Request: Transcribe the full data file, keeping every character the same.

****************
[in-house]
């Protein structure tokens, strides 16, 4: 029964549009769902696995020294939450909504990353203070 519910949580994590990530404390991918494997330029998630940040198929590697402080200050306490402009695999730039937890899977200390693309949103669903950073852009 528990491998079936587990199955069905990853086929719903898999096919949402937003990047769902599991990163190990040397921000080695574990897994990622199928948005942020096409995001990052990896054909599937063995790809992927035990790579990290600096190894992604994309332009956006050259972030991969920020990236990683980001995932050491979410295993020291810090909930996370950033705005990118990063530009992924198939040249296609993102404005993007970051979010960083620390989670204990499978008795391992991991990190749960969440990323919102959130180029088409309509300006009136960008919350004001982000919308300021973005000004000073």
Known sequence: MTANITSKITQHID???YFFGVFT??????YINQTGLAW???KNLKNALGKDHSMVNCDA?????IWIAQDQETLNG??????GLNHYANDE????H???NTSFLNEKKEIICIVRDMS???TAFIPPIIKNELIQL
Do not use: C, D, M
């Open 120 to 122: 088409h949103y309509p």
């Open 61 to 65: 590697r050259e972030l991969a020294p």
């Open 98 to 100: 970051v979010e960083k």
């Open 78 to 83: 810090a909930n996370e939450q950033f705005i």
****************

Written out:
[in-house]
């Protein structure tokens, strides 16, 4: 029964549009769902696995020294939450909504990353203070 519910949580994590990530404390991918494997330029998630940040198929590697402080200050306490402009695999730039937890899977200390693309949103669903950073852009 528990491998079936587990199955069905990853086929719903898999096919949402937003990047769902599991990163190990040397921000080695574990897994990622199928948005942020096409995001990052990896054909599937063995790809992927035990790579990290600096190894992604994309332009956006050259972030991969920020990236990683980001995932050491979410295993020291810090909930996370950033705005990118990063530009992924198939040249296609993102404005993007970051979010960083620390989670204990499978008795391992991991990190749960969440990323919102959130180029088409309509300006009136960008919350004001982000919308300021973005000004000073």
Known sequence: MTANITSKITQHID???YFFGVFT??????YINQTGLAW???KNLKNALGKDHSMVNCDA?????IWIAQDQETLNG??????GLNHYANDE????H???NTSFLNEKKEIICIVRDMS???TAFIPPIIKNELIQL
Do not use: C, D, M
């Open 120 to 122: 088409h949103y309509p």
């Open 61 to 65: 590697r050259e972030l991969a020294p």
């Open 98 to 100: 970051v979010e960083k």
């Open 78 to 83: 810090a909930n996370e939450q950033f705005i």